I quickly hurried home, grabbed a shovel, drove back, and got at it. The next few hours consisted of mad burrowing to clear the landing of a boulder problem called “Six Shooter”. It was an amazing looking line of small edges and large spans straight out the terraced roof. Little by little I moved chunks of the fine-grained sand bank. I pressed forward eagerly, almost as if I were digging for a buried treasure placed there by ancient pirates. Yet my treasure wasn’t below, but above. Insanity! What kind of a crazed person digs down so he can climb up? It didn’t matter if I was insane, this was precisely what I had been searching for. It was beautiful, inspiring and very challenging, but best of all it was right in my own backyard.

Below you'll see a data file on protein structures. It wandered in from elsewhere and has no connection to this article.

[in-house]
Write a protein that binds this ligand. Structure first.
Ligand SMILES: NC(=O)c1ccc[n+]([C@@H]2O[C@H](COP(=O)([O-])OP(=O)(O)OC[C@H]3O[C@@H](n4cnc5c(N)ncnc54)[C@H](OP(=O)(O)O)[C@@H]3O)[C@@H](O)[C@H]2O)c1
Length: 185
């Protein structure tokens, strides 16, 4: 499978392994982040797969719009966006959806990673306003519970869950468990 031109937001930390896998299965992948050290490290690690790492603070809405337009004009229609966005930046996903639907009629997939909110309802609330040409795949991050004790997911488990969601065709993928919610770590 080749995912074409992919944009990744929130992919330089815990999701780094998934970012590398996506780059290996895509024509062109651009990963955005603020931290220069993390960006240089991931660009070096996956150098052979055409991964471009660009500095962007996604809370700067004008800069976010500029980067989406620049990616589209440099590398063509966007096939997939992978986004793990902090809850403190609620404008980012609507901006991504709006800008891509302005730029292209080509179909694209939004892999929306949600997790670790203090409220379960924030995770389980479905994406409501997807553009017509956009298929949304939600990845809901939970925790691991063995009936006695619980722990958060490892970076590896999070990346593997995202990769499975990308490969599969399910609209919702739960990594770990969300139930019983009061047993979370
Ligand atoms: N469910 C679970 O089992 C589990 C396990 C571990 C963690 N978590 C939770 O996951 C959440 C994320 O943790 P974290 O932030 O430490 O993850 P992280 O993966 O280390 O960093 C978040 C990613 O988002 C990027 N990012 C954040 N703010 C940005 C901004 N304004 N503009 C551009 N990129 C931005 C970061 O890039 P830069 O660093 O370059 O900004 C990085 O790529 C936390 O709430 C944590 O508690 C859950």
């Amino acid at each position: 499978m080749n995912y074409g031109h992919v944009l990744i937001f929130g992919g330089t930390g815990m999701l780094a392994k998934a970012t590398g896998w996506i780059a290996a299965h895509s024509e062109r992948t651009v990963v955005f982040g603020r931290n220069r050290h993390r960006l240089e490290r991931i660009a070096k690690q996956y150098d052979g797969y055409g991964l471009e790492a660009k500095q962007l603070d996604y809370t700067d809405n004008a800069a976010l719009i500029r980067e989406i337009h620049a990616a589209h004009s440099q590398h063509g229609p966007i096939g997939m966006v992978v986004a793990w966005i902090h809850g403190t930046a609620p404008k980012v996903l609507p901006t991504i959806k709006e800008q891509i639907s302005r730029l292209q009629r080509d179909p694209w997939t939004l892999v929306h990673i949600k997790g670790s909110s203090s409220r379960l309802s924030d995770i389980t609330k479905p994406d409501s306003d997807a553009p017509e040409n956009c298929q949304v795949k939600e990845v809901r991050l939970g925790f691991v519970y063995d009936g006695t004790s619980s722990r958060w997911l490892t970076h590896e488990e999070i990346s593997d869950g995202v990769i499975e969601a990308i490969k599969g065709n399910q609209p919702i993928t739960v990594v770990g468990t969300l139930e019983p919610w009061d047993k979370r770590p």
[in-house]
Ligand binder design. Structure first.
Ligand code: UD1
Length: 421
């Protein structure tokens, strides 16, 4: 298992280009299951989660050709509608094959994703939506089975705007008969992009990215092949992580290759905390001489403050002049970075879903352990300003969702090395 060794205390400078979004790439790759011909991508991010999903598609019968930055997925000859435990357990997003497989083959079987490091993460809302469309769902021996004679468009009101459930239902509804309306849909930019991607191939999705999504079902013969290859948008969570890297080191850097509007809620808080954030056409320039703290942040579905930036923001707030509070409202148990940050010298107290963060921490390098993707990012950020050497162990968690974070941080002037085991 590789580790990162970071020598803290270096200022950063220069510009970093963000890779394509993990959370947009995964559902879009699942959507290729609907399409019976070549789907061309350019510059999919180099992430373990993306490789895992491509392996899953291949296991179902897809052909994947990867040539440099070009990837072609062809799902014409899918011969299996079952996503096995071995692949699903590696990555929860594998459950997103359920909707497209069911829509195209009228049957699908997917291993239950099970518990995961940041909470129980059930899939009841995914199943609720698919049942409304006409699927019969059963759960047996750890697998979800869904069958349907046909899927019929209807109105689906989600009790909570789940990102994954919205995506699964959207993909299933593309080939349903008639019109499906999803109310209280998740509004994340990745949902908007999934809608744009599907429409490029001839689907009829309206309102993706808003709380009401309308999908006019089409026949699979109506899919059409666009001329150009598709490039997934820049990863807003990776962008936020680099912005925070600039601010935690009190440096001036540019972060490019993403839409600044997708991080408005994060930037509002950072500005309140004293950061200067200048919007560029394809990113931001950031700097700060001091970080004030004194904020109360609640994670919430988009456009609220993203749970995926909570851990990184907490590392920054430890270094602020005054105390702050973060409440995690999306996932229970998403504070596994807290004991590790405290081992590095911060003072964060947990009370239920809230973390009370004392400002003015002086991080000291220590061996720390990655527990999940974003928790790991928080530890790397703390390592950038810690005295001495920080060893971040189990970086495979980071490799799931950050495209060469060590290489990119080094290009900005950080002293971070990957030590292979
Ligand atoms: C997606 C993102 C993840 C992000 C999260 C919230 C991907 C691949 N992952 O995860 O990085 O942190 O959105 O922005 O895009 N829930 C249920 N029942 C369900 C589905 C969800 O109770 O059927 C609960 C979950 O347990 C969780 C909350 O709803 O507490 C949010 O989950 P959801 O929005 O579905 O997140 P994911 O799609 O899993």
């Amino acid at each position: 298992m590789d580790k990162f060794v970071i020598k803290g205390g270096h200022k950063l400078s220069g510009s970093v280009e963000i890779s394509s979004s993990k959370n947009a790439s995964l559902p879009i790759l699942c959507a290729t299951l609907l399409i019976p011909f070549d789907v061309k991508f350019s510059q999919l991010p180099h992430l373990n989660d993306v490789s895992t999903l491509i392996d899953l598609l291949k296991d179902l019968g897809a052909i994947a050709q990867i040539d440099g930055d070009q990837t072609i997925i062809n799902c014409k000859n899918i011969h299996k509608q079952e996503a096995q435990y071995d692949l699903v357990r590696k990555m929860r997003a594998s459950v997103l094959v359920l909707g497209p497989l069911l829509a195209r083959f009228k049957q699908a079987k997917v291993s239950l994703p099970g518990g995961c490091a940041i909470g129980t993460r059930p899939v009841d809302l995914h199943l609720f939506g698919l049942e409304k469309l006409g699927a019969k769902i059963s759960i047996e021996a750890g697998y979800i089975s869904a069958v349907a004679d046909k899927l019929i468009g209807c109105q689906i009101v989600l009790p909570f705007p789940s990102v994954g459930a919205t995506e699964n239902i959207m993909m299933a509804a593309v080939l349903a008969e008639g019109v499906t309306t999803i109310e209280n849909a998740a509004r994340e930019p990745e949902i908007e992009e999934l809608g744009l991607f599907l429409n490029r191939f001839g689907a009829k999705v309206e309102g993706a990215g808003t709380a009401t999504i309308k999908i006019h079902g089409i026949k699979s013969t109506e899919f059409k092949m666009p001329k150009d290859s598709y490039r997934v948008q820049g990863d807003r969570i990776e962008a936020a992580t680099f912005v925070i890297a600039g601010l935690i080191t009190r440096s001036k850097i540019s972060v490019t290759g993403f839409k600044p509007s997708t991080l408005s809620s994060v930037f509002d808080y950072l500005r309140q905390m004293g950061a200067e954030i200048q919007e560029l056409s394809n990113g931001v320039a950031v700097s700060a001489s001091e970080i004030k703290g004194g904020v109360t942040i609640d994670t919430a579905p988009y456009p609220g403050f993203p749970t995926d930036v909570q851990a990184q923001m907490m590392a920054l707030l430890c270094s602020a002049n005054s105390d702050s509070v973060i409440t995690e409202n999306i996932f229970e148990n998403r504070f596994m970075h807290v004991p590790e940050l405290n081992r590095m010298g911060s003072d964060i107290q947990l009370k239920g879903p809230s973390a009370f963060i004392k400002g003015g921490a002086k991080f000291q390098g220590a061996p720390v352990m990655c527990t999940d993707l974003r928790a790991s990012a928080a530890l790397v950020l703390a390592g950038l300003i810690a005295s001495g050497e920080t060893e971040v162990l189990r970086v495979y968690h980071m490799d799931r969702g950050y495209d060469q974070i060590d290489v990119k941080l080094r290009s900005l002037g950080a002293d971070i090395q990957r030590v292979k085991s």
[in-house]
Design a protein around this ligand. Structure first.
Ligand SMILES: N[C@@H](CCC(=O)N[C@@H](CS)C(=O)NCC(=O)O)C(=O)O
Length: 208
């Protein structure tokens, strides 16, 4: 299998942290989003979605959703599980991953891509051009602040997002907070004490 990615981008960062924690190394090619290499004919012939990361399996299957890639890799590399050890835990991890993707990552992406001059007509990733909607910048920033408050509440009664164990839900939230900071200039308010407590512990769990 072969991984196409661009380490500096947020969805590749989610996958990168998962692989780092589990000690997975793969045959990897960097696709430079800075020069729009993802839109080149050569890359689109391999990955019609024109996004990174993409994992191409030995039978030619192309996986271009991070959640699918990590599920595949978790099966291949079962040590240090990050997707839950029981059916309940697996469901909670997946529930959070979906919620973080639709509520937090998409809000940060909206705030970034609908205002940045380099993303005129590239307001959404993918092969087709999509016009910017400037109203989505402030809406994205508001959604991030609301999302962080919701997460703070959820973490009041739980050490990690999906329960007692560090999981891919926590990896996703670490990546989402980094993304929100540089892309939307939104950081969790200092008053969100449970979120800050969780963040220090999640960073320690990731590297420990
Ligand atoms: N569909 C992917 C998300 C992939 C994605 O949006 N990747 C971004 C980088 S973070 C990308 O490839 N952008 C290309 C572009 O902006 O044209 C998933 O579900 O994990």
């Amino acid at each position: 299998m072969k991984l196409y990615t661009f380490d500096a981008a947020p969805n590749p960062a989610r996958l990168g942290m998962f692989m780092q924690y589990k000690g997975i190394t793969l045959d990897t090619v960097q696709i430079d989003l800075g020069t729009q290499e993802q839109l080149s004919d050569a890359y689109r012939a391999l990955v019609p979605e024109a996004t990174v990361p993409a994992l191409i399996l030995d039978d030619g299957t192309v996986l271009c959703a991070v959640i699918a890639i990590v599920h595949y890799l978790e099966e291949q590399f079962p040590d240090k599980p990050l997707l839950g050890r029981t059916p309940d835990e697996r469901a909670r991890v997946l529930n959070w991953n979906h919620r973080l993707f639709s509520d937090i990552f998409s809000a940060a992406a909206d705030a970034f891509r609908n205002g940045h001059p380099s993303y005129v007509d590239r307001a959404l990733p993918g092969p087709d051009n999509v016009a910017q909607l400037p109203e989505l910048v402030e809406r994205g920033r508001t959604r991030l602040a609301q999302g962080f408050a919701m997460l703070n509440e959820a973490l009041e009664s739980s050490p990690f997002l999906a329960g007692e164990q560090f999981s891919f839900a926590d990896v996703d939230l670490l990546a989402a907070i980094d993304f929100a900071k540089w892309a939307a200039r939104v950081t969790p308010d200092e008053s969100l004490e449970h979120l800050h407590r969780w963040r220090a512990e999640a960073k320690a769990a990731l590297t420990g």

So the epic digging project ended and the epic climbing project began. Six Shooter begins deep in the cave. The first six moves are quite difficult, with small holds, and big moves. There is one move in particular that is really hard, a definite crux. At this move your body is completely horizontal. While hanging from fingertips on shallow grooves in the dry stone, you need to take both feet off the rock, hold a wild swing and hang on long enough to put your feet on a new foothold to make the next move. A couple of somewhat easier yet big moves bring you to the last hard jump move. This one isn’t quite so difficult in itself, but after 6 hard moves of horizontal climbing, it feels pretty hard. After sticking the hold, it should be easy sailing to the top of the cliff. I surprised myself on the first day by doing almost all the individual moves. The next day on it was a little more frustrating. I didn’t realize how difficult it was to link from one move to the next. However, I did make a little headway and by the end of day three I could do all the moves. I also managed some nice links. I was ready to give it burns from the start. This is where insanity comes into play once again. The next four sessions on Six Shooter had come to nothing. I guess I made some progress as I was continually falling at that last hard move, over, and over, and over again. I rested and decided to go for it once more. I flowed through the first moves as if I were climbing in zero gravity. I paused right before that last hard move to take in a giant gulp of oxygen and jumped. My hand stuck to the hold as my feet swung out ferociously. I quickly moved my left foot onto a small foothold. This could be it! All my hard work! All the time and effort! It just might pay off. Slip! “NOOOOO!”, I yelled as I plummeted back down toward earth. Failure, once again, failure, all with a tiny slip of my small rubber shoe.